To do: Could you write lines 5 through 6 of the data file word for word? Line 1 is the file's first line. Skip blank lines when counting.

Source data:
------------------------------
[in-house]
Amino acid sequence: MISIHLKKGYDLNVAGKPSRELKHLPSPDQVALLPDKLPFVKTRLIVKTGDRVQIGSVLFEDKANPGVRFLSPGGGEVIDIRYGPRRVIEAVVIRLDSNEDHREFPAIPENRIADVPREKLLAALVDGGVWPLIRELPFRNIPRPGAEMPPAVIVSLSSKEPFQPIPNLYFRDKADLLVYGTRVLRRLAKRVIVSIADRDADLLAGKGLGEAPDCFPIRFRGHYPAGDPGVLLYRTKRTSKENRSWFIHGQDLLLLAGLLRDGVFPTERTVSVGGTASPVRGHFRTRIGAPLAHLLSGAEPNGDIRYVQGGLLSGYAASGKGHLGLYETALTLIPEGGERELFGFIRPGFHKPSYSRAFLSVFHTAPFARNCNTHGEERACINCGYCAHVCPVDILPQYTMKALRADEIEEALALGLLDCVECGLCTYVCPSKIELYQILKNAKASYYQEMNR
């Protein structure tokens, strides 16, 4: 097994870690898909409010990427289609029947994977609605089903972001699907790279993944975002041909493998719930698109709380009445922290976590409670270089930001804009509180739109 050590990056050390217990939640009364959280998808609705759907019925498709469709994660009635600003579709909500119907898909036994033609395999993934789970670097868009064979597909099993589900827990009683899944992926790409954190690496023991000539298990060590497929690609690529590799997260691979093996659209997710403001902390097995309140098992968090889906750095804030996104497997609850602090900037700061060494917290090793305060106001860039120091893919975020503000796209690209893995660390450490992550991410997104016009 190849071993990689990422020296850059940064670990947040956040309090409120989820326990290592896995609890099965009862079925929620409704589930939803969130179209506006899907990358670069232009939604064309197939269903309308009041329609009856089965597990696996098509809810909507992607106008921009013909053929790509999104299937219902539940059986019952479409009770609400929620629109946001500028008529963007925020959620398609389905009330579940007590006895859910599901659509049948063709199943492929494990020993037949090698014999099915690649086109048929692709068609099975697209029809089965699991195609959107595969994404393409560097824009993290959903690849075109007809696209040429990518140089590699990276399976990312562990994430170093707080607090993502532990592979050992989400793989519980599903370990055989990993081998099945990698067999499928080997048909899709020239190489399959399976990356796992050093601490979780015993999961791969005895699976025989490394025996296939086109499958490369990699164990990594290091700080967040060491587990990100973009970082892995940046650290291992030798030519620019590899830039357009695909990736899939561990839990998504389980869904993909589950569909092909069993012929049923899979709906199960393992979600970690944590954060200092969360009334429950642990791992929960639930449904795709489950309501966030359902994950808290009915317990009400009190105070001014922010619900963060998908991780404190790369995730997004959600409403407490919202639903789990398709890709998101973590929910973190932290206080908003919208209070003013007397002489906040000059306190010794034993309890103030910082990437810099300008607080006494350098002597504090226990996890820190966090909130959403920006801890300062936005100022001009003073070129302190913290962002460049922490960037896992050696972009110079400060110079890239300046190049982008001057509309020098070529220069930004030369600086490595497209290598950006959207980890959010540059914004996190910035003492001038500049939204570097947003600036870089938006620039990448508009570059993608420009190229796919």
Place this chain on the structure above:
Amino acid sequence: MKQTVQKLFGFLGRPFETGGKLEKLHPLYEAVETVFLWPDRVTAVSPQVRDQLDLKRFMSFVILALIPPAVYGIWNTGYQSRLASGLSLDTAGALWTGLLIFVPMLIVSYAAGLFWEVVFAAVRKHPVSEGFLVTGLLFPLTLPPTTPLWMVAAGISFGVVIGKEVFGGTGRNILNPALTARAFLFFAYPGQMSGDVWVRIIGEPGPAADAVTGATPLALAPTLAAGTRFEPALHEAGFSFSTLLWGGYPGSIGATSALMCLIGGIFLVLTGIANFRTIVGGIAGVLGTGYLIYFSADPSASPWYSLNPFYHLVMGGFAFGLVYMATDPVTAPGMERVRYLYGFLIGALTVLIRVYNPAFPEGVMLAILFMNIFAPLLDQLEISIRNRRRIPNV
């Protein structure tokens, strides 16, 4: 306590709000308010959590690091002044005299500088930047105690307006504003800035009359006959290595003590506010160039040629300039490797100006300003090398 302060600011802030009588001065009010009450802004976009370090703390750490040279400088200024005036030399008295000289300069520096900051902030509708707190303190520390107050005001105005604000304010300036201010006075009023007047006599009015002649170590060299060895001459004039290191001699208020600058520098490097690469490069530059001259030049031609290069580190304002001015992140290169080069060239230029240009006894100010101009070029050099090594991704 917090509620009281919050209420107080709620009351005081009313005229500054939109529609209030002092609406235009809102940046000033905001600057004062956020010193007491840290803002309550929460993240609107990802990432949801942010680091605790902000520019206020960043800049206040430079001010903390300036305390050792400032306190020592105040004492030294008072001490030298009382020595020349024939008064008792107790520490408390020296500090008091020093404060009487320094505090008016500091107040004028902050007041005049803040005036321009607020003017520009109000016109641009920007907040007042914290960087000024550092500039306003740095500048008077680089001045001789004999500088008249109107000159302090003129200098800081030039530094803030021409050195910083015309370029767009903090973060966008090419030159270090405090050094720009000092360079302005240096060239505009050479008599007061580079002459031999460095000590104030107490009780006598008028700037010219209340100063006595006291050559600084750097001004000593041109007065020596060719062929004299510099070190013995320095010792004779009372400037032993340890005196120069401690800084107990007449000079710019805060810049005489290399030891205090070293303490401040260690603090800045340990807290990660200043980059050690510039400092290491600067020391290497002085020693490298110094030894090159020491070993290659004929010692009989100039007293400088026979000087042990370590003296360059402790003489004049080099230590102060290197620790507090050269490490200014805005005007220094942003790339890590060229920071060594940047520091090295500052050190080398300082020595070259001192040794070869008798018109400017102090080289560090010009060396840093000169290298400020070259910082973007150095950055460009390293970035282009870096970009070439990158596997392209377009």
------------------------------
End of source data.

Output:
Amino acid sequence: MKQTVQKLFGFLGRPFETGGKLEKLHPLYEAVETVFLWPDRVTAVSPQVRDQLDLKRFMSFVILALIPPAVYGIWNTGYQSRLASGLSLDTAGALWTGLLIFVPMLIVSYAAGLFWEVVFAAVRKHPVSEGFLVTGLLFPLTLPPTTPLWMVAAGISFGVVIGKEVFGGTGRNILNPALTARAFLFFAYPGQMSGDVWVRIIGEPGPAADAVTGATPLALAPTLAAGTRFEPALHEAGFSFSTLLWGGYPGSIGATSALMCLIGGIFLVLTGIANFRTIVGGIAGVLGTGYLIYFSADPSASPWYSLNPFYHLVMGGFAFGLVYMATDPVTAPGMERVRYLYGFLIGALTVLIRVYNPAFPEGVMLAILFMNIFAPLLDQLEISIRNRRRIPNV
């Protein structure tokens, strides 16, 4: 306590709000308010959590690091002044005299500088930047105690307006504003800035009359006959290595003590506010160039040629300039490797100006300003090398 302060600011802030009588001065009010009450802004976009370090703390750490040279400088200024005036030399008295000289300069520096900051902030509708707190303190520390107050005001105005604000304010300036201010006075009023007047006599009015002649170590060299060895001459004039290191001699208020600058520098490097690469490069530059001259030049031609290069580190304002001015992140290169080069060239230029240009006894100010101009070029050099090594991704 917090509620009281919050209420107080709620009351005081009313005229500054939109529609209030002092609406235009809102940046000033905001600057004062956020010193007491840290803002309550929460993240609107990802990432949801942010680091605790902000520019206020960043800049206040430079001010903390300036305390050792400032306190020592105040004492030294008072001490030298009382020595020349024939008064008792107790520490408390020296500090008091020093404060009487320094505090008016500091107040004028902050007041005049803040005036321009607020003017520009109000016109641009920007907040007042914290960087000024550092500039306003740095500048008077680089001045001789004999500088008249109107000159302090003129200098800081030039530094803030021409050195910083015309370029767009903090973060966008090419030159270090405090050094720009000092360079302005240096060239505009050479008599007061580079002459031999460095000590104030107490009780006598008028700037010219209340100063006595006291050559600084750097001004000593041109007065020596060719062929004299510099070190013995320095010792004779009372400037032993340890005196120069401690800084107990007449000079710019805060810049005489290399030891205090070293303490401040260690603090800045340990807290990660200043980059050690510039400092290491600067020391290497002085020693490298110094030894090159020491070993290659004929010692009989100039007293400088026979000087042990370590003296360059402790003489004049080099230590102060290197620790507090050269490490200014805005005007220094942003790339890590060229920071060594940047520091090295500052050190080398300082020595070259001192040794070869008798018109400017102090080289560090010009060396840093000169290298400020070259910082973007150095950055460009390293970035282009870096970009070439990158596997392209377009």